In order to achieve lasting subsidy reform, governments need a constituency of support strong enough to withstand the calls to resume subsidies once oil prices begin to rise. This can be built by investing the savings in national priorities right now while clearly communicating to the general public that the new investments—regardless of whether they fund a new school, hospital, bridge, direct cash transfer, or subway line—are made possible because of subsidy savings. Much as signs across the United States remind Americans that highway construction and other infrastructure projects were funded through the American Recovery and Reinvestment Act to put Americans back to work during the recession, governments must help the public understand what they gain in return for subsidy reform. In this way, governments can increase support for reform and build a constituency that holds its leaders accountable.

  Indonesia is executing such a strategy. The government has been clear about its intention to invest 60 percent of the $18 billion that it will reap annually from fossil-fuel subsidy reform into much-needed infrastructure programs. Highlighting these priorities, Indonesia’s energy minister announced that by “shifting the subsidy from consumption into more productive spending … [in] 2015, the public works, the transportation sector and the agriculture [sector] will double the[ir] capital expenditure budget.”

  To maximize the climate benefits of subsidy reduction, however, the international donor community and international financial institutions should provide support to ensure that new investments promote clean economic growth and resilience whenever possible. For instance, public investments that enhance energy efficiency or that promote switching to renewable fuels would help buffer consumers from fluctuations in future fuel costs while also driving deeper greenhouse gas reductions than subsidy removal alone. The World Bank’s Climate Investment Funds and the new Green Climate Fund are both designed to support countries in such efforts.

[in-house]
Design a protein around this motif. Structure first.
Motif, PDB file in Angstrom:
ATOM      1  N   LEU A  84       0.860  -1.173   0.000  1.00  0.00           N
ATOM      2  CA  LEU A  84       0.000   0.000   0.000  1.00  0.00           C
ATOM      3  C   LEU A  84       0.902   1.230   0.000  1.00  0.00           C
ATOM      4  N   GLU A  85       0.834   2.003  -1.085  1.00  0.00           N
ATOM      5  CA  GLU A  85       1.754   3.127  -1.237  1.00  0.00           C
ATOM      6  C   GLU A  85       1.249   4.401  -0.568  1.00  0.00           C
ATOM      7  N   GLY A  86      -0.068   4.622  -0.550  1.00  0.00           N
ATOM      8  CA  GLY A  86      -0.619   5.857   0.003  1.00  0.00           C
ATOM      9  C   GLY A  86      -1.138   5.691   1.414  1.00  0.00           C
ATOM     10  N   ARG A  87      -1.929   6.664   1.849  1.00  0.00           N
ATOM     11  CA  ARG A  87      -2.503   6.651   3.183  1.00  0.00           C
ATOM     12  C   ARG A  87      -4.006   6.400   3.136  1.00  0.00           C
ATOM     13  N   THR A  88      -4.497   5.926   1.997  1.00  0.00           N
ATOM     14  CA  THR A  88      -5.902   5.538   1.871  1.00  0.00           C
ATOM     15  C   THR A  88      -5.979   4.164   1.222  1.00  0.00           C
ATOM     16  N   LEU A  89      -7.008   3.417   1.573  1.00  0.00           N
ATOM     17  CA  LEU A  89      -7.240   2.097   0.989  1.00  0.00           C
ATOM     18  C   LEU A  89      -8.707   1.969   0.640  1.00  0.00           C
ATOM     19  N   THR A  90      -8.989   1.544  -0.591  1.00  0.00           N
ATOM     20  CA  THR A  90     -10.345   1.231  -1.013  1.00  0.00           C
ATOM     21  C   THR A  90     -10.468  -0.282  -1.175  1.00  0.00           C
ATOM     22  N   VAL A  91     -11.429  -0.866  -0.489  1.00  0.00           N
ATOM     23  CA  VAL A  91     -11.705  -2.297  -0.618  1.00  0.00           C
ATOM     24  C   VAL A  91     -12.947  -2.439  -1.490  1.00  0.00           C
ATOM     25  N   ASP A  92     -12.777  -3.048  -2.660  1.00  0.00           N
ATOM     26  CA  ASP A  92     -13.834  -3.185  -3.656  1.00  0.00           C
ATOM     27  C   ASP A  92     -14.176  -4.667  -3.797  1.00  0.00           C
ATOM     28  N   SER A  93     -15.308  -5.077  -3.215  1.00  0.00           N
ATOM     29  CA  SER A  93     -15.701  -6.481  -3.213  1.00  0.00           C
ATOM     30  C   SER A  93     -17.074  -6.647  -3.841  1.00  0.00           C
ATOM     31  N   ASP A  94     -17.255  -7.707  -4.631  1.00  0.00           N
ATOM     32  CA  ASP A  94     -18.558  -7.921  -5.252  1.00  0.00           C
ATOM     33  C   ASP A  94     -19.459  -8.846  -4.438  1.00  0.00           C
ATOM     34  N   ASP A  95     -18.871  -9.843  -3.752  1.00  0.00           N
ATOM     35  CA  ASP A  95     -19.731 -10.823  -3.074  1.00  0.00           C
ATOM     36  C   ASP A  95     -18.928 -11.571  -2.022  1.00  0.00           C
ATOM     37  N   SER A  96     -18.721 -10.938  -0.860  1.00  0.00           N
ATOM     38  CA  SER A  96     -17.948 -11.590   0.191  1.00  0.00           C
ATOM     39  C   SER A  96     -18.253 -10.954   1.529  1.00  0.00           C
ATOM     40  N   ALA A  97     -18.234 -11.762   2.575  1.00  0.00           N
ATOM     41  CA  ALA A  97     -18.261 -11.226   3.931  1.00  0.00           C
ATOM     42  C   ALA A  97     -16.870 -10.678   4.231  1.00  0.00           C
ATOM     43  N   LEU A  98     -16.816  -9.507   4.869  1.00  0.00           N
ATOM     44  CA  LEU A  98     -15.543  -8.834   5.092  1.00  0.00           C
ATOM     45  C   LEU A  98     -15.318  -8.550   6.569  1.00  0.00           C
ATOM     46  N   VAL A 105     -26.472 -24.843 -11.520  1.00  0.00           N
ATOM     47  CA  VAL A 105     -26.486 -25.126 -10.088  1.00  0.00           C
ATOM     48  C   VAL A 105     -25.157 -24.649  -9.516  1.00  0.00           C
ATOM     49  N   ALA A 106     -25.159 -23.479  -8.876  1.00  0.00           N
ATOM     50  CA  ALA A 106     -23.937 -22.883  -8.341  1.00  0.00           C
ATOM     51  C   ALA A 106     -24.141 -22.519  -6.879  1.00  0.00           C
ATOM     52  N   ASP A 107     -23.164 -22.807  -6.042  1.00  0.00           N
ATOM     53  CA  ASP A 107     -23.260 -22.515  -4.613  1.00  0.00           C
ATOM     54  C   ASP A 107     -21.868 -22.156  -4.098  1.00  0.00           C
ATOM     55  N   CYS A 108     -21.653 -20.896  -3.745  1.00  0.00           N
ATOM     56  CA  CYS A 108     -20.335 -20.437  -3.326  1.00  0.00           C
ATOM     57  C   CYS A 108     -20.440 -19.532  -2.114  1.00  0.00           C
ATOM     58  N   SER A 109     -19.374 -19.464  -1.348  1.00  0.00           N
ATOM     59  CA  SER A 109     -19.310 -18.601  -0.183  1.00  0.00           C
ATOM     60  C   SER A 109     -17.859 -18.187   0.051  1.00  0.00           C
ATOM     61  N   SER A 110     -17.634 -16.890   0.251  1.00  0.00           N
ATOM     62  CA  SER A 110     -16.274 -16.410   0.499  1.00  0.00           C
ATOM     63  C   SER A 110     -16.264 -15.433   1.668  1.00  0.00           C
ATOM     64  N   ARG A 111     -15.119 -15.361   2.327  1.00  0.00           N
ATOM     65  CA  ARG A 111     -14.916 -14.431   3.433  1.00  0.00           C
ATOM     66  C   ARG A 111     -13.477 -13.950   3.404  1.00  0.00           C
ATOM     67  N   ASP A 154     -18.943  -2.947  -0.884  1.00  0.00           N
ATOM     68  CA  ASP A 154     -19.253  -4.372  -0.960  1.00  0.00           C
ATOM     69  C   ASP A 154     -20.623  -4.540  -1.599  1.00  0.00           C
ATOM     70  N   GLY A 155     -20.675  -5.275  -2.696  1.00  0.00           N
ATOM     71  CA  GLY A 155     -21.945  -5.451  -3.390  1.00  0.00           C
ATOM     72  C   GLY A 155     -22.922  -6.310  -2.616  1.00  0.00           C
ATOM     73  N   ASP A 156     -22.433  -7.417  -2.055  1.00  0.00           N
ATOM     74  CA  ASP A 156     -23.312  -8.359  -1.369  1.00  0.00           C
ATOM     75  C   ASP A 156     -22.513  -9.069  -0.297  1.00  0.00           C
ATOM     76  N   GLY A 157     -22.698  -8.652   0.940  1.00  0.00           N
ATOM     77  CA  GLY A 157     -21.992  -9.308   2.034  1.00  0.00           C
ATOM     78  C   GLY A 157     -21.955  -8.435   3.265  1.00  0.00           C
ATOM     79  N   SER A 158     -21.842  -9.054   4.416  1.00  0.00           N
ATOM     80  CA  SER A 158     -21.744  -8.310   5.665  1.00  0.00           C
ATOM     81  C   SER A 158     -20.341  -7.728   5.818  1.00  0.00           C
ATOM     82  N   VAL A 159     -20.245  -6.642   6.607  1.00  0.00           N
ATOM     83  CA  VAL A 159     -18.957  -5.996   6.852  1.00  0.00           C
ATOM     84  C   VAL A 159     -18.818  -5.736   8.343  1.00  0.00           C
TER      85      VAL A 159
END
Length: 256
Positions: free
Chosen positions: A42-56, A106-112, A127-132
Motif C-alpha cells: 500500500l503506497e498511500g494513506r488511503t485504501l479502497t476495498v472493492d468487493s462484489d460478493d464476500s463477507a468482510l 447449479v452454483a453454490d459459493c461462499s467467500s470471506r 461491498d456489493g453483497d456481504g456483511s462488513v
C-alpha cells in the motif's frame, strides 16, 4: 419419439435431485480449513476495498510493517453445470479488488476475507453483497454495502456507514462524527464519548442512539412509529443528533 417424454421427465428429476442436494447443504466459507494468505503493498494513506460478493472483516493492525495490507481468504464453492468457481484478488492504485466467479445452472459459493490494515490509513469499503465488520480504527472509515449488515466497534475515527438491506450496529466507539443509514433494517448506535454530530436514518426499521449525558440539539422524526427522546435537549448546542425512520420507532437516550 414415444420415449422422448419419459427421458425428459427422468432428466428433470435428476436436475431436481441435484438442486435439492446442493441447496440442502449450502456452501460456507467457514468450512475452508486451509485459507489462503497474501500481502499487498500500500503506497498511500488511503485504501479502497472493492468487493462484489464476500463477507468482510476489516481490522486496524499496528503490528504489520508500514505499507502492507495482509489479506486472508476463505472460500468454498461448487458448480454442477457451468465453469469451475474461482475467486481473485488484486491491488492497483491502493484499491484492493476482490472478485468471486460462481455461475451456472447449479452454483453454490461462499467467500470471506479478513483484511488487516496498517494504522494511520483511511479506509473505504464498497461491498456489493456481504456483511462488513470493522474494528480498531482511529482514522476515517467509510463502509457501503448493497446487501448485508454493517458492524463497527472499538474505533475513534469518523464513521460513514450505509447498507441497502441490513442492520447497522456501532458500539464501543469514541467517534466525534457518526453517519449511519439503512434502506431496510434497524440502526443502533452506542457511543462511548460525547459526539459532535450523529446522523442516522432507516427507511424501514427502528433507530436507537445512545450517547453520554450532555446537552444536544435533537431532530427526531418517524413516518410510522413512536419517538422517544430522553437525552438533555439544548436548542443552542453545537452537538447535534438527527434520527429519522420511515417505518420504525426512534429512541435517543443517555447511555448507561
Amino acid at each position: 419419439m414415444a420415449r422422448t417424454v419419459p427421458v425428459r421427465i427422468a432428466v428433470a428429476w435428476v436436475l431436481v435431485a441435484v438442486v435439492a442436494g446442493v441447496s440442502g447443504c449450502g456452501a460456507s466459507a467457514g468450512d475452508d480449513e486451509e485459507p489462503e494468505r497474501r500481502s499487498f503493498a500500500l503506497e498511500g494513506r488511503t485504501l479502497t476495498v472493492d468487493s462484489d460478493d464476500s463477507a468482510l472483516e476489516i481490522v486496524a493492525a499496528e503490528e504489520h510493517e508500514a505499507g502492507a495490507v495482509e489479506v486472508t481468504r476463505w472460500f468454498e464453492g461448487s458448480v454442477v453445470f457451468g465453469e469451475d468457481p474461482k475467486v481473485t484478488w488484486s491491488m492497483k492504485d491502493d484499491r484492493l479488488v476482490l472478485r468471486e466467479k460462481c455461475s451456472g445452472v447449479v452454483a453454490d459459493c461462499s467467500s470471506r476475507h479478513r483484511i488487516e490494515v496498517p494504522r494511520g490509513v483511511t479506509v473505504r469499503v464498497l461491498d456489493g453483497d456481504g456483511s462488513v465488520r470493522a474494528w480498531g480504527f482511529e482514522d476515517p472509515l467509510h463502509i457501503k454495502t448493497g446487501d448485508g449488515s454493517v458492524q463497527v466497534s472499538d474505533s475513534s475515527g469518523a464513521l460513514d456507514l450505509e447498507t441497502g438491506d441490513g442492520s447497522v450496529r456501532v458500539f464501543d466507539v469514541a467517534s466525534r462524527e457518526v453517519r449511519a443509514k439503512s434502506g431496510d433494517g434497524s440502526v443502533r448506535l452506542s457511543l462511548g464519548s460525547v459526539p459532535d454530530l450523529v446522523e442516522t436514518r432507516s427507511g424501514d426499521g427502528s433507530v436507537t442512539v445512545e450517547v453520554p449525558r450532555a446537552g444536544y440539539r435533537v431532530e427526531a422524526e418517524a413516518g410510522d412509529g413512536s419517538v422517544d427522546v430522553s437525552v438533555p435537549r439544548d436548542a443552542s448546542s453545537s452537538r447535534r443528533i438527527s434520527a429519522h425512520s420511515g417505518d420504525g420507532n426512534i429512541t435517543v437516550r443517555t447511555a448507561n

At the same time, climate resilience needs to be factored into all major new infrastructure projects in order to preserve these investments in the longer term and produce a range of other benefits. For instance, many countries are investing in clean water access, irrigation, and sanitation projects to support public health and economic development. Water infrastructure is an essential investment for any country seeking to modernize, but this infrastructure is particularly vulnerable to increased flooding and droughts caused by climate change. Projects that combine national resources with international development initiatives such as the World Bank’s Water Global Practice or the Asian Development Bank’s Water for All program could leverage additional investment in the future resiliency of vital infrastructure.

  To capture all of these benefits, however, countries must act now to reform fossil-fuel subsidies. Until then, they will remain helpless passengers on the oil market roller coaster.

  About the authors: Pete Ogden is a Senior Fellow and the Director of International Energy and Climate Policy at the Center for American Progress. Ben Bovarnick is a Research Assistant with the Energy Policy team at the Center. Thank you to Alex Tankou, who is an intern at the Center, for his assistance with this column.

  This article was published by the Center for American Progress.